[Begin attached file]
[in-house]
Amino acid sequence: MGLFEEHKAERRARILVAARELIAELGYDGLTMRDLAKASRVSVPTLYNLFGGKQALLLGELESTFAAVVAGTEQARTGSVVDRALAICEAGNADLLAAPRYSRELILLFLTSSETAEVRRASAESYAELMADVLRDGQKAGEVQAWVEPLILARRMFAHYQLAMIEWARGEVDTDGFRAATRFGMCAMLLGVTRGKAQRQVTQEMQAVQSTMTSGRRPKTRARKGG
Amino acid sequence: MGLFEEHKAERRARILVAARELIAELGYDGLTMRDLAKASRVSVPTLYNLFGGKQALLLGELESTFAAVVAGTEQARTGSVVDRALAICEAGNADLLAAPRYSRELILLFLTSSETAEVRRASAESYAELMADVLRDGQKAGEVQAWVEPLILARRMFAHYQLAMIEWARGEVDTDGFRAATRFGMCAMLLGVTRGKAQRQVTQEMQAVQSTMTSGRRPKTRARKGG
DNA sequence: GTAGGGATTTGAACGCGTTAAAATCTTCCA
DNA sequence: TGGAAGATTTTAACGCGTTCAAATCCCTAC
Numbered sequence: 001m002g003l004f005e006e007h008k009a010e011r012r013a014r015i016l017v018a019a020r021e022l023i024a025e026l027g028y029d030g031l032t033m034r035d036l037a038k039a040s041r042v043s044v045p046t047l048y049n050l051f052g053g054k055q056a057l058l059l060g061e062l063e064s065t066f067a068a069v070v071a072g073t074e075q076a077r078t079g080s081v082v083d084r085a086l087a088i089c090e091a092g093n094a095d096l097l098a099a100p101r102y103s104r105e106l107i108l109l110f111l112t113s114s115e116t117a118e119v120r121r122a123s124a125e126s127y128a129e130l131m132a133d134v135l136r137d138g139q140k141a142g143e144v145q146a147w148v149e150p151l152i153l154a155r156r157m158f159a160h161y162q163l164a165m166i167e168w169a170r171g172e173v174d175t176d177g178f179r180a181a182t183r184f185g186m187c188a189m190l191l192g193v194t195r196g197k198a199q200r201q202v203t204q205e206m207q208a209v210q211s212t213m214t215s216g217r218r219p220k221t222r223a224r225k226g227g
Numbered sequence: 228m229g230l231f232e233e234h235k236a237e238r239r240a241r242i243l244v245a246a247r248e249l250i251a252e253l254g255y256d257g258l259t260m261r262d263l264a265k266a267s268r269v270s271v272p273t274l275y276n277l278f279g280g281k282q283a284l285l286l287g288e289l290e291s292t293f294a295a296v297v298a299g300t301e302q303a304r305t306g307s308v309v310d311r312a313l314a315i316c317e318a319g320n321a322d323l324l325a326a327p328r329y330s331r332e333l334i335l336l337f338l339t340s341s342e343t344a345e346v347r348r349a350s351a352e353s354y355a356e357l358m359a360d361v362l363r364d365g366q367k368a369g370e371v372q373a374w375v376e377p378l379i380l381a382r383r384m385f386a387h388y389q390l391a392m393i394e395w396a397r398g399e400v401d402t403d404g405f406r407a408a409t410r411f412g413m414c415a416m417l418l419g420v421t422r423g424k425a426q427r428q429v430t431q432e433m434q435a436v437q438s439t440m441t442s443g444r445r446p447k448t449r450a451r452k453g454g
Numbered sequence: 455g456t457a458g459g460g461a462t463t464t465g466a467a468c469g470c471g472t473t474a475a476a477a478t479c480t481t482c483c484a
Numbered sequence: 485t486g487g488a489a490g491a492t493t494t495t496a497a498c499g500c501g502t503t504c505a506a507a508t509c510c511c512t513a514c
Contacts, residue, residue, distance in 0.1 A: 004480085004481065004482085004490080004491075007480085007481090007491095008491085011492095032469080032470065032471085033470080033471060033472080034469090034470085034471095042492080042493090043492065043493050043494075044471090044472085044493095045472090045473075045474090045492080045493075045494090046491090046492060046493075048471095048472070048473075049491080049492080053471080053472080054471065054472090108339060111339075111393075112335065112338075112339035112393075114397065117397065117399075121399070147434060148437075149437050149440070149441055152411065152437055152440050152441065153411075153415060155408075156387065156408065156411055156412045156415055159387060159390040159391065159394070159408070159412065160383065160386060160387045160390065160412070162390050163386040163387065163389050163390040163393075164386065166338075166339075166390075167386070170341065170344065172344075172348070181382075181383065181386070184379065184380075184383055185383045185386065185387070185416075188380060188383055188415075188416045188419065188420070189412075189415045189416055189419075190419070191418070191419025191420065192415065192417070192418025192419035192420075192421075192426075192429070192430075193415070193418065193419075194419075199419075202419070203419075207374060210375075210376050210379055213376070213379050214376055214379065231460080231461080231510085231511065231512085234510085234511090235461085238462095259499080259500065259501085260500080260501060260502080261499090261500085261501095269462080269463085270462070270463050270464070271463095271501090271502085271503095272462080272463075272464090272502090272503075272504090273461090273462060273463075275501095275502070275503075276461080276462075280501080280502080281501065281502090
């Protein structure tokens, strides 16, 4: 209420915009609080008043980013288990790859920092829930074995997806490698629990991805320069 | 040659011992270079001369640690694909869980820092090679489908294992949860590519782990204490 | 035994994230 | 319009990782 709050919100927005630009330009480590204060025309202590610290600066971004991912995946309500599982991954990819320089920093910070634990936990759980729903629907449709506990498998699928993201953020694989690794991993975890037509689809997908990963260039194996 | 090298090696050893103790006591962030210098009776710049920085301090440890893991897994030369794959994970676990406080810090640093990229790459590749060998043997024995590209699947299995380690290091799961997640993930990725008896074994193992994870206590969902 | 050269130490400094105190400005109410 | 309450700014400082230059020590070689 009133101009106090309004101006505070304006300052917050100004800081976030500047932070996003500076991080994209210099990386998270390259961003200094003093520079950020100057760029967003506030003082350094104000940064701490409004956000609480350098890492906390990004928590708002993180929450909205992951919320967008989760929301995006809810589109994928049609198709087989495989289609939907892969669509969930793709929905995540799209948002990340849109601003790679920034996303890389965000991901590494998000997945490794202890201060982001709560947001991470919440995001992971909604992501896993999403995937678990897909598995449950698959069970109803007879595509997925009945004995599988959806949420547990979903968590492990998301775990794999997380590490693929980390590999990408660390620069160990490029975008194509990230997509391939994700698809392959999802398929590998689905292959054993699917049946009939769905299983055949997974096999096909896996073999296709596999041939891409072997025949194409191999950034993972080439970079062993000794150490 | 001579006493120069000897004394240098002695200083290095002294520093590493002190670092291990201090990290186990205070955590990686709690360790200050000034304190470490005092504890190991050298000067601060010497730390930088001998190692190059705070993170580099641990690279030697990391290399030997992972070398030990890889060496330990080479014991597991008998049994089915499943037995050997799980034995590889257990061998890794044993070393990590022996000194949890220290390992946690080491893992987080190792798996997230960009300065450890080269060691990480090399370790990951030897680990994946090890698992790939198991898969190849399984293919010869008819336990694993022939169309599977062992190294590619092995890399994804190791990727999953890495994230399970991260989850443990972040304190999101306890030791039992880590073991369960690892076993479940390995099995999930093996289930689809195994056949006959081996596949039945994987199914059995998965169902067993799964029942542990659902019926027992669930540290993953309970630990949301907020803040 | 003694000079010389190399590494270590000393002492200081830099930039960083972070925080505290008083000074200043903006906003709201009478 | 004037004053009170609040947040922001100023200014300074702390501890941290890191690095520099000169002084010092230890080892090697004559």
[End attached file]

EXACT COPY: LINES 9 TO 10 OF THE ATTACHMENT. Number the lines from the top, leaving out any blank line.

Numbered sequence: 485t486g487g488a489a490g491a492t493t494t495t496a497a498c499g500c501g502t503t504c505a506a507a508t509c510c511c512t513a514c
Contacts, residue, residue, distance in 0.1 A: 004480085004481065004482085004490080004491075007480085007481090007491095008491085011492095032469080032470065032471085033470080033471060033472080034469090034470085034471095042492080042493090043492065043493050043494075044471090044472085044493095045472090045473075045474090045492080045493075045494090046491090046492060046493075048471095048472070048473075049491080049492080053471080053472080054471065054472090108339060111339075111393075112335065112338075112339035112393075114397065117397065117399075121399070147434060148437075149437050149440070149441055152411065152437055152440050152441065153411075153415060155408075156387065156408065156411055156412045156415055159387060159390040159391065159394070159408070159412065160383065160386060160387045160390065160412070162390050163386040163387065163389050163390040163393075164386065166338075166339075166390075167386070170341065170344065172344075172348070181382075181383065181386070184379065184380075184383055185383045185386065185387070185416075188380060188383055188415075188416045188419065188420070189412075189415045189416055189419075190419070191418070191419025191420065192415065192417070192418025192419035192420075192421075192426075192429070192430075193415070193418065193419075194419075199419075202419070203419075207374060210375075210376050210379055213376070213379050214376055214379065231460080231461080231510085231511065231512085234510085234511090235461085238462095259499080259500065259501085260500080260501060260502080261499090261500085261501095269462080269463085270462070270463050270464070271463095271501090271502085271503095272462080272463075272464090272502090272503075272504090273461090273462060273463075275501095275502070275503075276461080276462075280501080280502080281501065281502090